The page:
Lost Canyon Nature Reserve is a private wildlife refuge dedicated to conservation and restoration of endangered tropical dry forest flora & fauna, inside Lake Managua’s northern watershed.

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Lost Canyon Nature Reserve is a private wildlife refuge dedicated to conservation and restoration of tropical dry forest flora & fauna, with emphasis on the Nicaraguan Spiny-tailed Iguana (C. quinquecarinata).

Conservation and restoration of one of the world’s most endangered ecosystems, through native tree reforestation, along with management and protection of natural regrowth.

Little studied and greatly misunderstood, the Nicaraguan Spiny-tailed Iguana (Ctenosaura quinquecarinata) is a focus species for Lost Canyon and now thriving inside the reserve.

As a part of Lake Managua’s northern watershed, Lost Canyon is working hard to protect and revive streams and creeks under severe pressure from deforestation and climate change.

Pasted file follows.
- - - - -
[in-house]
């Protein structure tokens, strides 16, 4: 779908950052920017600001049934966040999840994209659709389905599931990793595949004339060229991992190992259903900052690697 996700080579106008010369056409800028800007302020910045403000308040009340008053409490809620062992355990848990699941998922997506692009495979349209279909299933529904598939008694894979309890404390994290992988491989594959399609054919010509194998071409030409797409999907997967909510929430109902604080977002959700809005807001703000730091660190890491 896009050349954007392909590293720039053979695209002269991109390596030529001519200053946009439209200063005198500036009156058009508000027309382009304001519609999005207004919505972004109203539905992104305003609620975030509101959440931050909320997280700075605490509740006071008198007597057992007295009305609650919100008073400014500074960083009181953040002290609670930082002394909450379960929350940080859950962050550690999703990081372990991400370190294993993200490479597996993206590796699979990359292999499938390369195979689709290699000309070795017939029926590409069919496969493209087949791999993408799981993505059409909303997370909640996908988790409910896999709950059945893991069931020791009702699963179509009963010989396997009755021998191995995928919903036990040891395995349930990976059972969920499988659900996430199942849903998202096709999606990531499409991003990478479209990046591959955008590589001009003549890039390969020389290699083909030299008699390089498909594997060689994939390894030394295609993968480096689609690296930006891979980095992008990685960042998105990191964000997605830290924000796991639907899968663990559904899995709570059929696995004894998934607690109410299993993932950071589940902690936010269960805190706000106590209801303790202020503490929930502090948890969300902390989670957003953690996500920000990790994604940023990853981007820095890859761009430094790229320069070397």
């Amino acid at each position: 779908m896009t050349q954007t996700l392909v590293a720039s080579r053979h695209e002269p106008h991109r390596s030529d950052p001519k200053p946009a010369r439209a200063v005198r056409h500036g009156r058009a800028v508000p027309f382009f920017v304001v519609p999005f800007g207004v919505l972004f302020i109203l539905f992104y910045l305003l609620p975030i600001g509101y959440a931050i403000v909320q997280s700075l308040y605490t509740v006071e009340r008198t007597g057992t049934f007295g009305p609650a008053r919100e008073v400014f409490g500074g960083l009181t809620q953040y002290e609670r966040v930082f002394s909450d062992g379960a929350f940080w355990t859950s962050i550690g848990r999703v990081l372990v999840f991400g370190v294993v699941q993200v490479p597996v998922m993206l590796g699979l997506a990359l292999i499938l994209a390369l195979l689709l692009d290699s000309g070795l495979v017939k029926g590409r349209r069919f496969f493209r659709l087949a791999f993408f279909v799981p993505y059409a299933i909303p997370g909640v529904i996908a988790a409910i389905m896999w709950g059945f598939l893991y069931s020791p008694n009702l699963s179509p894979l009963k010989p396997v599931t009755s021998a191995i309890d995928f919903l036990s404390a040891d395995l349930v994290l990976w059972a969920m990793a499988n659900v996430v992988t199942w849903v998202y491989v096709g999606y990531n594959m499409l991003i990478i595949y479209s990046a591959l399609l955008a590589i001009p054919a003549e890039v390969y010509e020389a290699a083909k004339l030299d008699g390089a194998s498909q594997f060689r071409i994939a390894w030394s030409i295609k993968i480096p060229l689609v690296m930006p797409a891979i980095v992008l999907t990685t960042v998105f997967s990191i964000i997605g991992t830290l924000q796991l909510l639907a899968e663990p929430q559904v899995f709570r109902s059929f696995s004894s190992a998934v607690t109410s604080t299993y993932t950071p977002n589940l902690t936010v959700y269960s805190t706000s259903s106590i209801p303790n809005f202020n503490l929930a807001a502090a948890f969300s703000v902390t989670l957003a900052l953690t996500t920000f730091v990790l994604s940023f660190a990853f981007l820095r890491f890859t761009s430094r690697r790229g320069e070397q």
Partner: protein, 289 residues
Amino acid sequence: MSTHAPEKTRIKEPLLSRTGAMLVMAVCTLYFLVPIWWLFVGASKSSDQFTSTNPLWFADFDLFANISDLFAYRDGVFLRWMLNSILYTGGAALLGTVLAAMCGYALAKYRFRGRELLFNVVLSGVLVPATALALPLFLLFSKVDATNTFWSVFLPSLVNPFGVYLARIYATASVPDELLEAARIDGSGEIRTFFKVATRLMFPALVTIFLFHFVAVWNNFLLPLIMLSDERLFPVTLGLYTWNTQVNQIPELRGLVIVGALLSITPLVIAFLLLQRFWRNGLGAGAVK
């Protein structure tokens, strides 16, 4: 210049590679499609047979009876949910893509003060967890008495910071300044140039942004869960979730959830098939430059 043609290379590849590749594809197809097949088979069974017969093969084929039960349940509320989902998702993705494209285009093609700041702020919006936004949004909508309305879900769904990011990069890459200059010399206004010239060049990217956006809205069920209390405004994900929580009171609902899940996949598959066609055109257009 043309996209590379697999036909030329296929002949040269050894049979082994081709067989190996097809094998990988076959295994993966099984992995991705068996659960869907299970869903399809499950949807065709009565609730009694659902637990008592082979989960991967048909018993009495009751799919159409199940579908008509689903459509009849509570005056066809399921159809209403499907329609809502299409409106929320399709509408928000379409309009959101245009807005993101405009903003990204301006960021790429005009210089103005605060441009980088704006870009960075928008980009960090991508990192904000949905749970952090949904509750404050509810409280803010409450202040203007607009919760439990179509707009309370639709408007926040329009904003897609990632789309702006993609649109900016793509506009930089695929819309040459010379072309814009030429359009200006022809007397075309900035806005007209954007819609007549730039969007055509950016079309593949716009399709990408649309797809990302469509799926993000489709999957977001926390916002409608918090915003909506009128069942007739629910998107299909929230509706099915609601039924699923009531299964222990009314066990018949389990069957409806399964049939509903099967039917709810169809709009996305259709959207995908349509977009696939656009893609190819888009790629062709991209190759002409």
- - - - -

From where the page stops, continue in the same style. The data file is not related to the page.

Nicaragua’s biodiversity is of world importance and its dry forest fauna is an indispensable part of that biodiversity. Lost Canyon was created to research and protect this critical wildlife.

Lost Canyon Nature Reserve is open only to biologists and other specialists for scientific research. Please contact us for an appointment. We hope to reopen to the general public in 2025.

Reserve Profile

Founded in 2005 by naturalist, author, photographer and adventure travel professional Richard Leonardi, Lost Canyon Nature Reserve is a 98 acre (40 ha) private wildlife refuge and tropical dry forest reserve located on the western slope of Nicaragua’s central mountain range. Reserve terrain ranges from 466 – 1,174 feet (142-358 m) above sea level; average annual rain fall is 31-47 inches (800-1,200 mm), mean temperature 84°F (29°C). The reserve employs area natives as park rangers and they share reforestation, conservation, trail maintenance and wildlife monitoring responsibilities with reserve founder. Several low-impact hiking trails exist inside the reserve, yet the majority of park terrain is totally void of human access to minimize disturbance of native fauna. Reserve visits are currently limited to biologists and the scientific community until further notice. To arrange a visit please contact us.